4. 4. DIFFUSION OF INNOVATIONSsubstantiated by the fact that in the 21st century, increasing connectivity is driving accelerationin the diffusion rates of new technologies, as the following table illustrates:Source: Collier (2006)2.1 DETERMINANTS OF THE RATE OF DIFFUSIONWidely regarded as the leading authority on innovation diffusion, Everett Rogers proposes thatdifferences in the rate of diffusion can be attributed to a combination of “product differences”and “people differences”.2.1.1 Product DifferencesResearch suggests that up to 87 percent of the variance in an innovation’s rate of diffusion canbe attributed to the following five product characteristics, known as Roger’s Five Factors:1. Relative advantage;2. Compatibility;3. Complexity;4. Trialability; and5. Observability.Relative advantage refers to the degree to which a product is perceived to be better than theproduct it replaces.Compatibility refers to the extent to which an innovation is perceived as being consistent withthe values, past experiences and needs of potential adopters.Complexity is the degree to which in innovation is perceived as being difficult to understand oruse.Trialability refers to the degree to which an innovation can be experimented with on a limitedbasis.Observability is the degree to which the results of an innovation are visible to others.A focus on product differences allows companies to understand and maximise the appeal of anew product. Firms should aim to increase the product’s perceived relative advantage, increasePOLLEN STRATEGY 3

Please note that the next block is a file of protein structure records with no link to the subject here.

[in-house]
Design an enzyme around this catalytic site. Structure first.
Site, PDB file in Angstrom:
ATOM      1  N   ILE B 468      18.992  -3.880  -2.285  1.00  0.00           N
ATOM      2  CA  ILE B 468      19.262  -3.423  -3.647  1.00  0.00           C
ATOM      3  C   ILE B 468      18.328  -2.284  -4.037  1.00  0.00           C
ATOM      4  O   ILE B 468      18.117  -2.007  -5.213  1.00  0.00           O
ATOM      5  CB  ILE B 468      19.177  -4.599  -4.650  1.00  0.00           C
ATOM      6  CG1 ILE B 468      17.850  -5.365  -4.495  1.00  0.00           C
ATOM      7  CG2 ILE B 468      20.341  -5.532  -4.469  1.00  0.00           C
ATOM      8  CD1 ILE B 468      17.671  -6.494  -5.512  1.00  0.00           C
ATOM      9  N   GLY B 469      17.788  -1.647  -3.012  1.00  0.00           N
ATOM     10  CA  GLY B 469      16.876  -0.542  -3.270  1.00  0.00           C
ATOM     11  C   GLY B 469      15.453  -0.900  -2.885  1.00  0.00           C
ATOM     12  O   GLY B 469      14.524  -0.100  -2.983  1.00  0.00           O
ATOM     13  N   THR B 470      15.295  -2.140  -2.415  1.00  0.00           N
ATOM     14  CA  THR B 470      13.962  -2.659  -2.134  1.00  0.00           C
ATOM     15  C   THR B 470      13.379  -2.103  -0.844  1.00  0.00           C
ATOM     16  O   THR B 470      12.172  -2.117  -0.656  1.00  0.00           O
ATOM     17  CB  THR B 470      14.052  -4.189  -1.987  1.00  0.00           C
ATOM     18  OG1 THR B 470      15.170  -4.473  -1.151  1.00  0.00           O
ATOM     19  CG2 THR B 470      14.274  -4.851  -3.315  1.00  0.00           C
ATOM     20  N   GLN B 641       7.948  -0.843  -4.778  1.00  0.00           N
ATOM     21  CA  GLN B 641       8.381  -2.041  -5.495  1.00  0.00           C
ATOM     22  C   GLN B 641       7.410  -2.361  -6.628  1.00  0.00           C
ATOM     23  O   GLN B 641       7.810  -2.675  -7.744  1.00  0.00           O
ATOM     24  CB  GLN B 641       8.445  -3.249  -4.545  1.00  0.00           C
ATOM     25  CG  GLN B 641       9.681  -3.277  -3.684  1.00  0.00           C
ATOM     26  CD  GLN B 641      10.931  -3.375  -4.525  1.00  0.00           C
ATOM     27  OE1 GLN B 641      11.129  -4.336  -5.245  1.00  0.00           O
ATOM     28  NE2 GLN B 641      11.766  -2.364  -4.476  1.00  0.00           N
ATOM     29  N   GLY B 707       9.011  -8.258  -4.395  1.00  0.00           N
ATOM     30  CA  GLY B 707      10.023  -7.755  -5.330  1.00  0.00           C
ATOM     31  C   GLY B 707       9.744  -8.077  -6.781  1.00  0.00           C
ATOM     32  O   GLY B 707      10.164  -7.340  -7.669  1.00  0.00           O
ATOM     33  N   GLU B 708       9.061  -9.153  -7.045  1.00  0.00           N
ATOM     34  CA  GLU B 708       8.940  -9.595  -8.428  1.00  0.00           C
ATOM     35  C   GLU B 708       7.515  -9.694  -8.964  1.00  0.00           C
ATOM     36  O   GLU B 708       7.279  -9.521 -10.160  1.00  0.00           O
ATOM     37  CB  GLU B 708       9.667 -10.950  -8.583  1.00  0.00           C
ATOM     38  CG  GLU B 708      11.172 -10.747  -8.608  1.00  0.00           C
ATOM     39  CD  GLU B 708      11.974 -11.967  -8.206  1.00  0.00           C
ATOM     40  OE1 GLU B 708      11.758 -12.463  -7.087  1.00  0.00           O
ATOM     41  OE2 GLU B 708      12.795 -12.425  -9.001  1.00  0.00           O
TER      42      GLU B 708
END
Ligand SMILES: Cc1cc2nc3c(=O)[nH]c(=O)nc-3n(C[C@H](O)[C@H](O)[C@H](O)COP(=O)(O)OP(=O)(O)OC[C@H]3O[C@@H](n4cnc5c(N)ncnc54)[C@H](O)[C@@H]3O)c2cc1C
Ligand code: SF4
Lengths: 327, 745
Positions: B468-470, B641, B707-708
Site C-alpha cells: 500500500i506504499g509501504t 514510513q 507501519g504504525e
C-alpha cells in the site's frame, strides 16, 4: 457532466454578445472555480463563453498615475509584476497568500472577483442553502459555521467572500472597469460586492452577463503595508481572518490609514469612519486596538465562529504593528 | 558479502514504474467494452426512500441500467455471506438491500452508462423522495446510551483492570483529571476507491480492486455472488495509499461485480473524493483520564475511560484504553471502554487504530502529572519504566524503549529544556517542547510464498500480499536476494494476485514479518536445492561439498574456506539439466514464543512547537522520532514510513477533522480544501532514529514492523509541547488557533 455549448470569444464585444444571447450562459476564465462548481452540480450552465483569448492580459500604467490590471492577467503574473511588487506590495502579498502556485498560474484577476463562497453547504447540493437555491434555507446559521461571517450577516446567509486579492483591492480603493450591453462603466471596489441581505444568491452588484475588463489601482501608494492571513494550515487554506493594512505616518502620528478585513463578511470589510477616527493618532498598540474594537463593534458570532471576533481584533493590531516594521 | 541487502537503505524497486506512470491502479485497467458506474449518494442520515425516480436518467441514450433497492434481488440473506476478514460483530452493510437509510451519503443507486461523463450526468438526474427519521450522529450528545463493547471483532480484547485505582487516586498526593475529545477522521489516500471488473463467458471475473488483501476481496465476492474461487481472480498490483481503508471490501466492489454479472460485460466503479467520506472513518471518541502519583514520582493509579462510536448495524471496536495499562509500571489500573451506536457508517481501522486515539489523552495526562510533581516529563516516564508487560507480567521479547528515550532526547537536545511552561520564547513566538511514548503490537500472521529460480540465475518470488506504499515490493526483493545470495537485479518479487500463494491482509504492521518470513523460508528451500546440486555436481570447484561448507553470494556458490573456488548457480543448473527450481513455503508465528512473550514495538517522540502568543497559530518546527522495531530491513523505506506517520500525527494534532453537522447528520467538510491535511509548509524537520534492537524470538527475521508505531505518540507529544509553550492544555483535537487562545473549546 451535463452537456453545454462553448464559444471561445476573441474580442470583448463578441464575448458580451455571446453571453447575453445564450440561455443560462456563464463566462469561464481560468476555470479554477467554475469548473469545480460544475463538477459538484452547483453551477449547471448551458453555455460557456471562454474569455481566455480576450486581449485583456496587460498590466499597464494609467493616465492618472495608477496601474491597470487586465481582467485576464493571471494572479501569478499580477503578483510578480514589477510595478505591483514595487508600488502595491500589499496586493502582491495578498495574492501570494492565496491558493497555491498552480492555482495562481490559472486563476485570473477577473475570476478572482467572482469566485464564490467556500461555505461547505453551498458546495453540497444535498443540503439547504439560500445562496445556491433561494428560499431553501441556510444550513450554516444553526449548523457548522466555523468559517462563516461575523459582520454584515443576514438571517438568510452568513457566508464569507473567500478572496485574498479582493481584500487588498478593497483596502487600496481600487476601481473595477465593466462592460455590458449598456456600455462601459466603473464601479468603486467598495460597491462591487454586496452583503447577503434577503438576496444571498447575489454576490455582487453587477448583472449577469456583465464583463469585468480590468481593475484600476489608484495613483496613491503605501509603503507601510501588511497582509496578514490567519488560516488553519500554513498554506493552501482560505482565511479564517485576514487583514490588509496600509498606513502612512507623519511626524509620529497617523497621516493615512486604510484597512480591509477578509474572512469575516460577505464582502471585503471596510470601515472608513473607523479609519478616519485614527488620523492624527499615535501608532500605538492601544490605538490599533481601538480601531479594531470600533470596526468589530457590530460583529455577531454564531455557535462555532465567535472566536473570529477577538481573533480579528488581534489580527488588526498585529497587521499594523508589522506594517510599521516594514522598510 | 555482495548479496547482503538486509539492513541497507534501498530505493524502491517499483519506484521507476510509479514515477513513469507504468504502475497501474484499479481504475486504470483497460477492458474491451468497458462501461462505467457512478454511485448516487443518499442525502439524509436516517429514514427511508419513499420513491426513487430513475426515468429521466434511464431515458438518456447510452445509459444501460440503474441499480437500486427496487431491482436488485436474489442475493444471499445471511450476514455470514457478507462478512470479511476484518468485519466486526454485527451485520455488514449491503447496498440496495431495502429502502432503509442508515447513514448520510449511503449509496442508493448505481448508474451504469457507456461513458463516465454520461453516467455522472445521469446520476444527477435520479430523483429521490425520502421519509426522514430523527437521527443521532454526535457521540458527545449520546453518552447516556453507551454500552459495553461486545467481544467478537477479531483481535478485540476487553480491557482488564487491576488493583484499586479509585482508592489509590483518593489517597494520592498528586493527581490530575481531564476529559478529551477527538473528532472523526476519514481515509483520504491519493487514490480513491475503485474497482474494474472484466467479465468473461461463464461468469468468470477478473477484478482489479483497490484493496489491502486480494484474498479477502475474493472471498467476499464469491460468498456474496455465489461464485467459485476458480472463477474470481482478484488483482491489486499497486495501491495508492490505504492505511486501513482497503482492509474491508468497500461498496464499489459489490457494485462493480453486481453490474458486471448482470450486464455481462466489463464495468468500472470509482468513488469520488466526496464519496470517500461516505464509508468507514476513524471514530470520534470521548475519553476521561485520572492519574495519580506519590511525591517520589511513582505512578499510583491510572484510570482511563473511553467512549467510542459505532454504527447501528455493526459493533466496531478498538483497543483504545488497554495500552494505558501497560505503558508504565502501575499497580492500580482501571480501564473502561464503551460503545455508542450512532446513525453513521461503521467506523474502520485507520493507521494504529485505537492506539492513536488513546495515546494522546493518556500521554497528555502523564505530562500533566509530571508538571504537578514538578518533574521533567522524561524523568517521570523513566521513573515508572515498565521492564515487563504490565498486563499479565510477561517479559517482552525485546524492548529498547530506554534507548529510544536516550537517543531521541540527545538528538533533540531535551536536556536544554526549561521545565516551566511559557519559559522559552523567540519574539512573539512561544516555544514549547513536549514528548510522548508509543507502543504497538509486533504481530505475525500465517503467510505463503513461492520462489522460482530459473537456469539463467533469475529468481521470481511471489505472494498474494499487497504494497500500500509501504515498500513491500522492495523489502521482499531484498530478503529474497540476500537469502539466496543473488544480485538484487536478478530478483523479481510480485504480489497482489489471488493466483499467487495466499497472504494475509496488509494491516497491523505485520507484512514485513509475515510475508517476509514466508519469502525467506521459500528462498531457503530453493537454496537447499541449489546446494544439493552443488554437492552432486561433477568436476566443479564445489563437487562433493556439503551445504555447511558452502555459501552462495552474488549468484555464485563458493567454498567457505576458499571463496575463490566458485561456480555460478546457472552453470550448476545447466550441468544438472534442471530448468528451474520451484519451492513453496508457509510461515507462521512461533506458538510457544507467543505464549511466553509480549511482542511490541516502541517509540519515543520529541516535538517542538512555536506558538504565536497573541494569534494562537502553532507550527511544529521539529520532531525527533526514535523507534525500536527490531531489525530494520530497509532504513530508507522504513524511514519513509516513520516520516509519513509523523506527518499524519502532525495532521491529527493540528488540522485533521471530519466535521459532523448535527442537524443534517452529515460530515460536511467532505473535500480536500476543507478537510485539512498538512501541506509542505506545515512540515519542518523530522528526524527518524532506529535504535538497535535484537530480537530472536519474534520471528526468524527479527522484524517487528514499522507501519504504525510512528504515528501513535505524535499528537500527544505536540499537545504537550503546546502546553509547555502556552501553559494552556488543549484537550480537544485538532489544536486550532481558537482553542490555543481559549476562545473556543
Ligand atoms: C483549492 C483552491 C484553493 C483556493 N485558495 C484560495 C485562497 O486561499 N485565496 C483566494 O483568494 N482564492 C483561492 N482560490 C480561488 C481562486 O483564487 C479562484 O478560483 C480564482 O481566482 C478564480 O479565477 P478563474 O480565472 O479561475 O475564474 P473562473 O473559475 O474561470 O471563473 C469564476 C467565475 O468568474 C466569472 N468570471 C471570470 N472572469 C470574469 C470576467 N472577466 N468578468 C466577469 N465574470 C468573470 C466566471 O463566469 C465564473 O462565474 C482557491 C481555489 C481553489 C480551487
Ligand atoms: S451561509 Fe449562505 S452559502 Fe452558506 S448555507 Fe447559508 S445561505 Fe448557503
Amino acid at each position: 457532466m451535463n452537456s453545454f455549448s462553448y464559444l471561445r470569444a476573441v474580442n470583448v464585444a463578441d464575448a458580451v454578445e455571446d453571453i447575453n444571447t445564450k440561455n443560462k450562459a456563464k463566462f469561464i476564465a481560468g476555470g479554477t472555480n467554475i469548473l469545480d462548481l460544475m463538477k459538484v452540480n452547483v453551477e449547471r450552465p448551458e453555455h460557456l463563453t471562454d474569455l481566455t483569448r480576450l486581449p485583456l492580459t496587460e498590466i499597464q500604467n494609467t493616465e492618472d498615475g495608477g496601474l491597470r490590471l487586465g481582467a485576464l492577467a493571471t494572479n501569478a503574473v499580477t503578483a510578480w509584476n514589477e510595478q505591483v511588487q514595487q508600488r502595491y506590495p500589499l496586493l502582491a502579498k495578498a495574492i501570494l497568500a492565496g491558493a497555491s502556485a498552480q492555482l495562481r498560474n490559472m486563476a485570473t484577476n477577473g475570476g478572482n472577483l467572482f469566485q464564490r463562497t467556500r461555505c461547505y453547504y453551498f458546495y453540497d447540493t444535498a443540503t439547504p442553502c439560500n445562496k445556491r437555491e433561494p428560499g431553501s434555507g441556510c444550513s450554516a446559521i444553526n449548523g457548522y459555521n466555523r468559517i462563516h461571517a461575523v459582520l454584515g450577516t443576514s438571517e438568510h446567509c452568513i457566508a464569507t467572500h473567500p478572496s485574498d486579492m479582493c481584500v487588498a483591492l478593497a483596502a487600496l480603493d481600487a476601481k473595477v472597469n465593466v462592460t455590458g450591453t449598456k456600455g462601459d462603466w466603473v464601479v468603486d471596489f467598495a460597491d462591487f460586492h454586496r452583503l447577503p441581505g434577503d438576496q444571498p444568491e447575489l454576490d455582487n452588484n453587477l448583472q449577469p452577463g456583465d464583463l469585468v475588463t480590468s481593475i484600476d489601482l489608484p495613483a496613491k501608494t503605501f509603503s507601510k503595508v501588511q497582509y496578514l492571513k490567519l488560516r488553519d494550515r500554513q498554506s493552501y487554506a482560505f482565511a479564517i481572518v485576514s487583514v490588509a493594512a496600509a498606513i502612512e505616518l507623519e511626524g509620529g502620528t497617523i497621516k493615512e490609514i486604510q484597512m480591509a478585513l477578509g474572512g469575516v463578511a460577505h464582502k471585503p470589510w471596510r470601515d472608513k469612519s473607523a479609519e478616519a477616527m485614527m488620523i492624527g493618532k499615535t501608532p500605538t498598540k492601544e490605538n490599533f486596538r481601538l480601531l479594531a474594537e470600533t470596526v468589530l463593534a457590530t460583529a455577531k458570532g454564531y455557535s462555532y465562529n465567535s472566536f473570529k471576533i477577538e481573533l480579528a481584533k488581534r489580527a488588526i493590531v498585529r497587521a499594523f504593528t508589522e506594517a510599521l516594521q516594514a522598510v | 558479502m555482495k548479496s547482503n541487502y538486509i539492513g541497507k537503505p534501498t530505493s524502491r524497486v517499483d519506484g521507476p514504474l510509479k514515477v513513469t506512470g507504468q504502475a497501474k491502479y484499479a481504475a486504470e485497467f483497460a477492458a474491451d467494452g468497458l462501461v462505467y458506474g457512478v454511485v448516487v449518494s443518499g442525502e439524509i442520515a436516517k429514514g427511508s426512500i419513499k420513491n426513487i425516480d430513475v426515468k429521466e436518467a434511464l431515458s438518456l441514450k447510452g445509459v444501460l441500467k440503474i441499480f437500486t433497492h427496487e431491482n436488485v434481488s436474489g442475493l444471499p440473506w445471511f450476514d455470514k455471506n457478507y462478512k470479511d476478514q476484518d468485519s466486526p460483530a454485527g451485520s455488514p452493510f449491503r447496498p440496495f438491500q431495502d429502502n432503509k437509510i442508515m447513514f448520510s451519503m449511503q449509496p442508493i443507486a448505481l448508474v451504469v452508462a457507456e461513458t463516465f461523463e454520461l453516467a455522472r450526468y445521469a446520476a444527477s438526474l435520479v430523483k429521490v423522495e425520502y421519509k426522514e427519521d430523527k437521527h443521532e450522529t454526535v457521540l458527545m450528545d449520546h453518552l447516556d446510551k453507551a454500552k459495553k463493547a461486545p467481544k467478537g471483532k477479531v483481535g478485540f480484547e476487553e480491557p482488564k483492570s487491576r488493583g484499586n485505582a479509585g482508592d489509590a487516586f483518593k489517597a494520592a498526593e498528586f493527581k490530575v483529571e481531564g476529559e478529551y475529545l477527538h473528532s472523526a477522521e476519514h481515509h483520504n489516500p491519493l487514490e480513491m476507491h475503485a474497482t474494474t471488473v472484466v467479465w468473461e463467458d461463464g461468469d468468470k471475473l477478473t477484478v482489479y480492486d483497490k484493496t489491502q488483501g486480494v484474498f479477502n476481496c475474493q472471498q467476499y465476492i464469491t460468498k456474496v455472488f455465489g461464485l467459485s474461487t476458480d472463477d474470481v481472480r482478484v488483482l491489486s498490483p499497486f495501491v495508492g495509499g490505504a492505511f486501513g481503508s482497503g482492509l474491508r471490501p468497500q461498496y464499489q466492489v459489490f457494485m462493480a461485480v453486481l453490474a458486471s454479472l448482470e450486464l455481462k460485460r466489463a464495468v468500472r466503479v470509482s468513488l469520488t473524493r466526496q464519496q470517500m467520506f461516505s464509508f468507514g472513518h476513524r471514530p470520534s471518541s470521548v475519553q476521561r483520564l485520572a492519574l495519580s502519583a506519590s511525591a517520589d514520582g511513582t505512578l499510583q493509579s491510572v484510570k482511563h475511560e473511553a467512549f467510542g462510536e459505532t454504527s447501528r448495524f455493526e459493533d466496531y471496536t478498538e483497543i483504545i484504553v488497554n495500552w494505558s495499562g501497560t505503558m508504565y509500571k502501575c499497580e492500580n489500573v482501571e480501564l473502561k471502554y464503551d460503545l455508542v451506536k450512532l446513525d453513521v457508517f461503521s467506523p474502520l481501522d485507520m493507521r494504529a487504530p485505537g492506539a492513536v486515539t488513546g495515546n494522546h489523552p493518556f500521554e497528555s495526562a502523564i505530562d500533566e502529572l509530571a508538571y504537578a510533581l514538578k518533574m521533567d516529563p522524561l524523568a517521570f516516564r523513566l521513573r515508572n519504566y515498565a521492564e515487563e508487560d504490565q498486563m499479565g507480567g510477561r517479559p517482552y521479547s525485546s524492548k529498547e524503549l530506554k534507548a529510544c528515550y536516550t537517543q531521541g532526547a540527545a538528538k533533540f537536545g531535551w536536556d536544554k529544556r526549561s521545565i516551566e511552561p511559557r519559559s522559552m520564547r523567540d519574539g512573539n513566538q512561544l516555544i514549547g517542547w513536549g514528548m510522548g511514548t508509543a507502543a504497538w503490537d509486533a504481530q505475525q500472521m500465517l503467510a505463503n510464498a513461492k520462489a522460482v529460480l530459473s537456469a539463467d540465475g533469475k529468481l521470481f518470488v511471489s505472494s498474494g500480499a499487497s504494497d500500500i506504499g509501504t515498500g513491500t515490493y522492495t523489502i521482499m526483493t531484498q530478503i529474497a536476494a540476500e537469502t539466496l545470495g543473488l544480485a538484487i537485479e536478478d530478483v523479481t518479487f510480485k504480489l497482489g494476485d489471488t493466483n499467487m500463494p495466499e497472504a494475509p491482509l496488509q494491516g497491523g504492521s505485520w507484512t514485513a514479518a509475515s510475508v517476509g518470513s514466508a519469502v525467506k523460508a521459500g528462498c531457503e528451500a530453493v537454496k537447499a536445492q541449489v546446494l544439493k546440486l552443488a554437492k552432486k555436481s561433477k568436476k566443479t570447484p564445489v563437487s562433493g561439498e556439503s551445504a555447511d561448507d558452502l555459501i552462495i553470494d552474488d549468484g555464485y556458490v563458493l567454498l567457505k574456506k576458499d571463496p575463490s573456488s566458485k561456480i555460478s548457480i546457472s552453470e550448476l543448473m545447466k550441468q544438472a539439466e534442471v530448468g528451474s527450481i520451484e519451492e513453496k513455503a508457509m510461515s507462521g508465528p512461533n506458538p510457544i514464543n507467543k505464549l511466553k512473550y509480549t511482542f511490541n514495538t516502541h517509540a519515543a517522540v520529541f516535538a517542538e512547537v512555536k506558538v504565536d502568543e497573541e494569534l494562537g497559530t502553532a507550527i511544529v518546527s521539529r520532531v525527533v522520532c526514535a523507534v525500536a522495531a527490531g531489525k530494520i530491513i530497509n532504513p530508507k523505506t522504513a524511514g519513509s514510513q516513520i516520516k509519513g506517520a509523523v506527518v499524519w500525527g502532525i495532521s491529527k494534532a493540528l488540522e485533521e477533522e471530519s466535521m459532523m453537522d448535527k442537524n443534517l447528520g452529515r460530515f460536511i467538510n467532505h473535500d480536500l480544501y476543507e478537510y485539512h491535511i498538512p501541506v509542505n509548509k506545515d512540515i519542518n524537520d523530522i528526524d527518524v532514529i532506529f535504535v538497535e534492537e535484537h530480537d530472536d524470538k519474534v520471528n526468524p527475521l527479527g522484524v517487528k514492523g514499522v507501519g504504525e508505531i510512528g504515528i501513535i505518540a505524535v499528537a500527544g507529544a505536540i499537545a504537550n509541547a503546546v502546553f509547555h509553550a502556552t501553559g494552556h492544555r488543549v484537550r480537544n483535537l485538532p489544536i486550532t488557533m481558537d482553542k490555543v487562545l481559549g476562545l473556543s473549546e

5. 5. DIFFUSION OF INNOVATIONSits perceived compatibility with the values and norms of the target market, decrease itsperceived complexity, increase its trialability and increase its observability.2.1.2 People DifferencesOnce a product’s position in relation to Roger’s Five Factors is known, the diffusion process isbest managed by focusing on people differences. In his well-known book Diffusion ofInnovations, Rogers divides potential adopters of a new product into five categories:1. Innovators;2. Early Adopters;3. Early Majority;4. Late Majority; and5. Laggards.The distribution of a population across these categories is described by a bell curve, with thepropensity to adopt a new innovation being highest amongst the innovators and lowest amongstthe laggards. This corresponds to an increasing risk averseness in each successive segment.Figure 2.2 Technology diffusion model Early Late Innovators Early Adopters Laggards Majority Majority "The Chasm" Risk AversenessMoore (1999) elaborates on this by proposing that the diffusion of a new technology is mostlikely to falter in the transition from the early adopters to the early majority, and expresses thisvisually as a “chasm” on the bell curve.Through a deep understanding of the available market for a new product, and a knowledge ofwhich segments are likely to adopt early and which are likely lag at the tail end of the bellcurve, a firm can focus its limited resources on the customers that are likely to provide thegreatest return on investment. Finding early adopters accelerates the rate of innovationdiffusion and provides firms with valuable information that helps them refine their marketingprogram including segmentation, targeting, positioning and the four Ps.2.1.3 Innovation Adoption ProcessThe innovation adoption process is described across five distinct phases:1. Awareness2. Persuasion3. Decision4. Implementation5. ConfirmationAwareness refers to a consumer’s acknowledgement of the presence of an innovation and isoften driven by the intersection of need recognition with marketing communications.POLLEN STRATEGY 4